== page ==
Slipping In The Quicksand: Guilt, Psychology, And The Fall Of Blanche Dubois

2141 words - 9 pages

The Greek tragedian Aeschylus once wrote that “a god implants in mortal guilt whenever he wants utterly to confound a house,” and as the creator of A Streetcar Named Desire, Tennessee Williams is no exception. The guilt of Blanche DuBois makes the emotional, tragic, and often extreme circumstances of the play possible. Williams creates Blanche’s vulnerabilities, including her dependence on others and her inability to face reality, so that her guilt over Allan’s death becomes the primary cause of her promiscuity, neurasthenic behavior and ultimate downfall.
Blanche’s guilt, the principal force driving her downfall, stems from her involvement in the circumstances surrounding her husband Allan’s suicide. After finding her husband with another man and realizing that he is a homosexual, Blanche initially pretends nothing has happened. At a dance that night, however, she utters the words that cause Allan to break away from her and commit suicide: “I saw! I know! You disgust me…” (204). Thus, Blanche sees herself as the cause of Allan’s death. As Bert Cardullo explains in his study of compassion in Streetcar, Blanche is not actually haunted by her husband’s homosexuality (89). In reality, her greatest regret, in Leonard Berkman’s words, is that her “unqualified expression of disgust” was the cause of his suicide (qtd. in Cardullo 89). These critics are correct in acknowledging that Blanche’s reaction is the primary source of her guilt, but they forget to mention what this shows about Blanche’s love for Allan. Because she is more devastated by his loss than by his homosexuality, the reader can infer that her love for Allan was pure and not conditional, which contrasts with her later merely physical relations with men. This situation leads to Blanche’s guilt, which continues to haunt her throughout the play and becomes a key component in her downfall.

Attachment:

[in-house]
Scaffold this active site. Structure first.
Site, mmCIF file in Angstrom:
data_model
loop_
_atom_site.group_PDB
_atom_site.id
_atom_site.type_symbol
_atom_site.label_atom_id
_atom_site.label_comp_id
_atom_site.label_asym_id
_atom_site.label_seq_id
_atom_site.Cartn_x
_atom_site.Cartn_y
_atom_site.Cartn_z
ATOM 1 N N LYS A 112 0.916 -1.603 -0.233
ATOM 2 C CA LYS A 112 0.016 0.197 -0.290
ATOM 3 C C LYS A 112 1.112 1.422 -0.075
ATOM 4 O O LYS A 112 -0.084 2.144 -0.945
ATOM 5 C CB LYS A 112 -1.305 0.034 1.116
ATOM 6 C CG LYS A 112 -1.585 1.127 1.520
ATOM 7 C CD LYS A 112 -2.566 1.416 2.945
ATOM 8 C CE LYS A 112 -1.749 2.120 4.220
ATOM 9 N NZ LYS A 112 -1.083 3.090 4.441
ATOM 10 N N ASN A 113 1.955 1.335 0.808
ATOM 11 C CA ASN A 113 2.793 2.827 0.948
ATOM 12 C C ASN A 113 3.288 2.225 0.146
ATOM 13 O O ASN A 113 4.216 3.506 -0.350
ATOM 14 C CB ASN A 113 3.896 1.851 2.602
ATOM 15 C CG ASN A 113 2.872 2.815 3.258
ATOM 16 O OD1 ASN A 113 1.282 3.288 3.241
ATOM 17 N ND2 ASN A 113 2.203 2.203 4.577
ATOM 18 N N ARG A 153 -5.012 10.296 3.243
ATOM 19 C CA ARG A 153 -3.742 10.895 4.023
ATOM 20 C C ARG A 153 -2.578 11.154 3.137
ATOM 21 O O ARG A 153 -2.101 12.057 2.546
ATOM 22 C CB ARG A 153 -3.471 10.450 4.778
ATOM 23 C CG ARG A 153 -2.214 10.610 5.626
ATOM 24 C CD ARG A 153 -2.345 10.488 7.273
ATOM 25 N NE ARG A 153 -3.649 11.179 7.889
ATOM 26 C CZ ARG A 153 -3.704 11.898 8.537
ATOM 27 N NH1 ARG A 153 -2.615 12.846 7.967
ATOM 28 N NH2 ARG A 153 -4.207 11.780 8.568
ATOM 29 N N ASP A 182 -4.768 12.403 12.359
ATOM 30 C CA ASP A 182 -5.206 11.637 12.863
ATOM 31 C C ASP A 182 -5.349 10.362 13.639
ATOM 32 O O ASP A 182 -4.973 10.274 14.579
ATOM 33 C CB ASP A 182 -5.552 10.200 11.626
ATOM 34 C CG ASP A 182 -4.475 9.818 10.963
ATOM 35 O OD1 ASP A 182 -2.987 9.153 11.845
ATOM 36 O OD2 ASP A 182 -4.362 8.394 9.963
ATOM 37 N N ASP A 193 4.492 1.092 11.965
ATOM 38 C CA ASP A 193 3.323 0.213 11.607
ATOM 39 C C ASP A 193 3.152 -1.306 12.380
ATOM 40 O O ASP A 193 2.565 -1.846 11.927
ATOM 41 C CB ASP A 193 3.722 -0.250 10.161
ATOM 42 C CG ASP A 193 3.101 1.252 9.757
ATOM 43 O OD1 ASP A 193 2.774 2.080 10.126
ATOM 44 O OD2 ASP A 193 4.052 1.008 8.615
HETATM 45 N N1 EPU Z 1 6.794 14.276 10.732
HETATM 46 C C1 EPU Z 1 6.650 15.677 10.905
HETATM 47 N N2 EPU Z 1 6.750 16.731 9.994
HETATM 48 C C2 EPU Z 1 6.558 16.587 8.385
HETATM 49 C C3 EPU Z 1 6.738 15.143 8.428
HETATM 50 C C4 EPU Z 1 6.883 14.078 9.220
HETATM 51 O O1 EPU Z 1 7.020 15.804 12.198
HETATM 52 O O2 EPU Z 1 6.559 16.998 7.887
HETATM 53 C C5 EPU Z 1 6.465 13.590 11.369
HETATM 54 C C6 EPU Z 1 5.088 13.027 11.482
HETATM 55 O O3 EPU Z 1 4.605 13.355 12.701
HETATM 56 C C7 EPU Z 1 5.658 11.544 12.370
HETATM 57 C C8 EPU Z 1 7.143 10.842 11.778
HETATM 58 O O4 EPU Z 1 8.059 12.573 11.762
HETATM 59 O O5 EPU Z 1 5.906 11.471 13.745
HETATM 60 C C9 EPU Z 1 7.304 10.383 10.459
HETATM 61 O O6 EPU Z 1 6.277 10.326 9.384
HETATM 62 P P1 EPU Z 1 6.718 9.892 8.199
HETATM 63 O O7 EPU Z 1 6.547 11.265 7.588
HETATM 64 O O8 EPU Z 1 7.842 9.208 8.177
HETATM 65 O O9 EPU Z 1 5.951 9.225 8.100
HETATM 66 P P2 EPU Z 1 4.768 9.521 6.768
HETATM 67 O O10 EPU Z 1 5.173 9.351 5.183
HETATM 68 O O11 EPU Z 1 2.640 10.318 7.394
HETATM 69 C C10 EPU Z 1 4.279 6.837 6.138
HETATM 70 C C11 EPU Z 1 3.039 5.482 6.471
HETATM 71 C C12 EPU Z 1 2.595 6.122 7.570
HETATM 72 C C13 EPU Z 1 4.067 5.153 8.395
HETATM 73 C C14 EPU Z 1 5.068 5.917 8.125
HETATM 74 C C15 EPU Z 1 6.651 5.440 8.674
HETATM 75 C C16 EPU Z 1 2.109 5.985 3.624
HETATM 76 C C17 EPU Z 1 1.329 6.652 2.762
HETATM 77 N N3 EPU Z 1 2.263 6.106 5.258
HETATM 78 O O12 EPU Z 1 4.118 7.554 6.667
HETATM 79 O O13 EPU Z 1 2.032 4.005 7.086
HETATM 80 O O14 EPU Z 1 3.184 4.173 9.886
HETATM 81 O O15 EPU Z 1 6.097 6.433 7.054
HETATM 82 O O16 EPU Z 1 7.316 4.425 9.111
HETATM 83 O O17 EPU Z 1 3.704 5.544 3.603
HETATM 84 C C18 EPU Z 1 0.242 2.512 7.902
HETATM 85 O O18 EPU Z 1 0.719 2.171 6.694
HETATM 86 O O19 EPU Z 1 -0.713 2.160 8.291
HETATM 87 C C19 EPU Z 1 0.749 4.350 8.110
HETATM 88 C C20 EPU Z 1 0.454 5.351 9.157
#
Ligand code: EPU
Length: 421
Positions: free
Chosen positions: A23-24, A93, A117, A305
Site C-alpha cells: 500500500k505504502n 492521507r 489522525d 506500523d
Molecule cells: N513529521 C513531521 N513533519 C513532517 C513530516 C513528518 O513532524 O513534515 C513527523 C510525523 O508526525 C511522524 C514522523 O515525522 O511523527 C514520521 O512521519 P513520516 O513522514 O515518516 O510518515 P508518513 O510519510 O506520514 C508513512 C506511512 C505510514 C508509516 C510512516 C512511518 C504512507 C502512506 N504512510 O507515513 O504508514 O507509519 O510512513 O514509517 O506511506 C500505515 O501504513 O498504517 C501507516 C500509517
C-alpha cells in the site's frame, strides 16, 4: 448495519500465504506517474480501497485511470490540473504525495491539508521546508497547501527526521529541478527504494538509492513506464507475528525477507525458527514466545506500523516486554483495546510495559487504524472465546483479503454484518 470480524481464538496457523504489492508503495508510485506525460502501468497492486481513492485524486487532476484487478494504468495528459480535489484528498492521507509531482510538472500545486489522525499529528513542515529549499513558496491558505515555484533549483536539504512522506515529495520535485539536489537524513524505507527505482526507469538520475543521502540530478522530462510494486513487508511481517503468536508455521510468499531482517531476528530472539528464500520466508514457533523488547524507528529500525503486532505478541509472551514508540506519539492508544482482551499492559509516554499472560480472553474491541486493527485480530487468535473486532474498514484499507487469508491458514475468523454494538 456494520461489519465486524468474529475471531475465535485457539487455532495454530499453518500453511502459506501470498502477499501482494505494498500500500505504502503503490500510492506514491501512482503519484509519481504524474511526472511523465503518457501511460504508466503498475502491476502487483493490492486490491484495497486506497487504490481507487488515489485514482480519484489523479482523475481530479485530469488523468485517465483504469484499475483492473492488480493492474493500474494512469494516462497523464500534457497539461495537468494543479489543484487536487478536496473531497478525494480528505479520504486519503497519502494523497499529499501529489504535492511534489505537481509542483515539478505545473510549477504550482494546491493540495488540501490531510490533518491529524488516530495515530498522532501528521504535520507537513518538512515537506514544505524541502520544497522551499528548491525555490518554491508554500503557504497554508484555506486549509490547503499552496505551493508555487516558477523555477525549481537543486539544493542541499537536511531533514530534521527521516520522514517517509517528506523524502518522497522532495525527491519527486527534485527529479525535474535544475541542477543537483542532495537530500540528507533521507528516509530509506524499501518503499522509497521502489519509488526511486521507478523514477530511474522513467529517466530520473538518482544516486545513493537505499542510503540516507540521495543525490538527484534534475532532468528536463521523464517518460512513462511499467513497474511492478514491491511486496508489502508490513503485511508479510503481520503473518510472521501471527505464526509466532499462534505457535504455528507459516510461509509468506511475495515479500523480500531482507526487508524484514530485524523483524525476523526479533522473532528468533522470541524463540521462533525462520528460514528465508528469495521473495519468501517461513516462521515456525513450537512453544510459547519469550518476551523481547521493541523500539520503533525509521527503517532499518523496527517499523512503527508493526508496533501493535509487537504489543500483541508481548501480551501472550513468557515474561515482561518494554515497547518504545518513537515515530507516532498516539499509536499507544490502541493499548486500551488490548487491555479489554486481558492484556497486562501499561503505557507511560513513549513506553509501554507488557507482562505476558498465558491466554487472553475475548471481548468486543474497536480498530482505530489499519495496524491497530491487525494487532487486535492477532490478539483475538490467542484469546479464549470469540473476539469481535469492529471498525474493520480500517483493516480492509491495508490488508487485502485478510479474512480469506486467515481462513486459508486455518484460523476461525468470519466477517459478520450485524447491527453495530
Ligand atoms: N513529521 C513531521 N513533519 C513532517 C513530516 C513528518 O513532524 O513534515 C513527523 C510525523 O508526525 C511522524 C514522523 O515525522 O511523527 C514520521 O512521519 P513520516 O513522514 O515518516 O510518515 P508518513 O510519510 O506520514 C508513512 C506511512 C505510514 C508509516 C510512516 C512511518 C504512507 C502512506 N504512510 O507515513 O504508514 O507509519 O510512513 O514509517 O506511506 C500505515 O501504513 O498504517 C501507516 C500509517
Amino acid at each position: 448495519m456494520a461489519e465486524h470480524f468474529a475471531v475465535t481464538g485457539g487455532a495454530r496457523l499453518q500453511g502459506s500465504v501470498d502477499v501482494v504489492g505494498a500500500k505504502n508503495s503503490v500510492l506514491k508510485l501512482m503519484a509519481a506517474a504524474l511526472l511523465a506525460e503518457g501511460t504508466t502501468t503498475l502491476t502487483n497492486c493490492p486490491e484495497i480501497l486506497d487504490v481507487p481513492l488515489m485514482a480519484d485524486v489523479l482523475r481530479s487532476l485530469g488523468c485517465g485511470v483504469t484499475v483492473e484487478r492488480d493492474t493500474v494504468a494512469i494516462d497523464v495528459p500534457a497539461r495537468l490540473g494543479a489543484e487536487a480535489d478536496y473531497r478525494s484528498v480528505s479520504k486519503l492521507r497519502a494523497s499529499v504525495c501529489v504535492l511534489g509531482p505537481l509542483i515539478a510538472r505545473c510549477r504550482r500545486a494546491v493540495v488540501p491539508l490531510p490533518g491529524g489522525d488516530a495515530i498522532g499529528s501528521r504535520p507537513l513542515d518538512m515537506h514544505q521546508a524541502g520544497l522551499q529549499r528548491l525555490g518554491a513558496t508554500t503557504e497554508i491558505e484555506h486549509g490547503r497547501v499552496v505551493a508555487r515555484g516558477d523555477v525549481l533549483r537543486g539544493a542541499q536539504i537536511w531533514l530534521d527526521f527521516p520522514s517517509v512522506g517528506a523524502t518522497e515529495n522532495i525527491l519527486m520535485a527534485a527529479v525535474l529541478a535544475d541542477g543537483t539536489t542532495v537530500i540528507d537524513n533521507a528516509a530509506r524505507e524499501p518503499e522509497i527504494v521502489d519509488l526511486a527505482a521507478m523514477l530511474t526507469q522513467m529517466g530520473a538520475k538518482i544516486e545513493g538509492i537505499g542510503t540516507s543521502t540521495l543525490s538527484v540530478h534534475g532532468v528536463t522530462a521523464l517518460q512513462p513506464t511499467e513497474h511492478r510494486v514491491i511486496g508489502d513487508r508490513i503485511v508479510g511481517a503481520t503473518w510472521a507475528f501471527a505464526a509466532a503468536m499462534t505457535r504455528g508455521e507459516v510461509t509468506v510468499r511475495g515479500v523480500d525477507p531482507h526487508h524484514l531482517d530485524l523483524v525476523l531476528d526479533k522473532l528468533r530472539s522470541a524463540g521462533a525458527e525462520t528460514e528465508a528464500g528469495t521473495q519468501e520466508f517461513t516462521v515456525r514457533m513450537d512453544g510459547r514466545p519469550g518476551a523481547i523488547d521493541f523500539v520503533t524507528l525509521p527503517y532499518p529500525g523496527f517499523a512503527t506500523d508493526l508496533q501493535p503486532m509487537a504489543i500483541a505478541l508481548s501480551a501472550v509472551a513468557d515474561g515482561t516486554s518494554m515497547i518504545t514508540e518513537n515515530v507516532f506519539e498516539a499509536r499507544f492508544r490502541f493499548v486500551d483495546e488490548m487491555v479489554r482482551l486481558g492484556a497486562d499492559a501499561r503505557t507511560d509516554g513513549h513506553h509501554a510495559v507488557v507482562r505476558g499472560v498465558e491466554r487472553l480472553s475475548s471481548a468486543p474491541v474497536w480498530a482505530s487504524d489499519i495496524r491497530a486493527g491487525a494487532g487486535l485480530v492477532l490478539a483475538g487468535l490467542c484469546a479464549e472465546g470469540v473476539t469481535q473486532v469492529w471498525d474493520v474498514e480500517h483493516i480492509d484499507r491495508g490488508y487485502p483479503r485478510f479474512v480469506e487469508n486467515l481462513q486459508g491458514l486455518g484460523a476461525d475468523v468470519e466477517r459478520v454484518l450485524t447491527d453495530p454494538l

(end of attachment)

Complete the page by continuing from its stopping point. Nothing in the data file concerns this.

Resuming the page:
Blanche’s dependent nature makes her particularly susceptible to the effects of guilt, a vulnerability which Williams creates in order to allow her emotions to become so extreme that they lead to insanity. At the play’s conclusion, she tells the doctor that she has “always depended on the kindness of strangers,” (235) and although insanity has by this point deprived Blanche of her grip on reality, her statement rings true. Indeed, from Blanche’s first moments on the stage, the audience witnesses her dependence on others in both her imposition on the Kowalski household and her constant need for Stella’s attention and assistance. Psychotherapist Nathaniel Branden reports in The Psychology of Self-Esteem that moral independence is an essential element of self-forgiveness; a lack of psychological autonomy contributes to feelings of worthlessness and unquenchable guilt (Branden 165). Consequently, Blanche’s total dependence on others renders her incapable of forgiving herself for the role she played in Allan’s suicide. Instead of accepting her error and moving on, Blanche remains trapped in her emotional...

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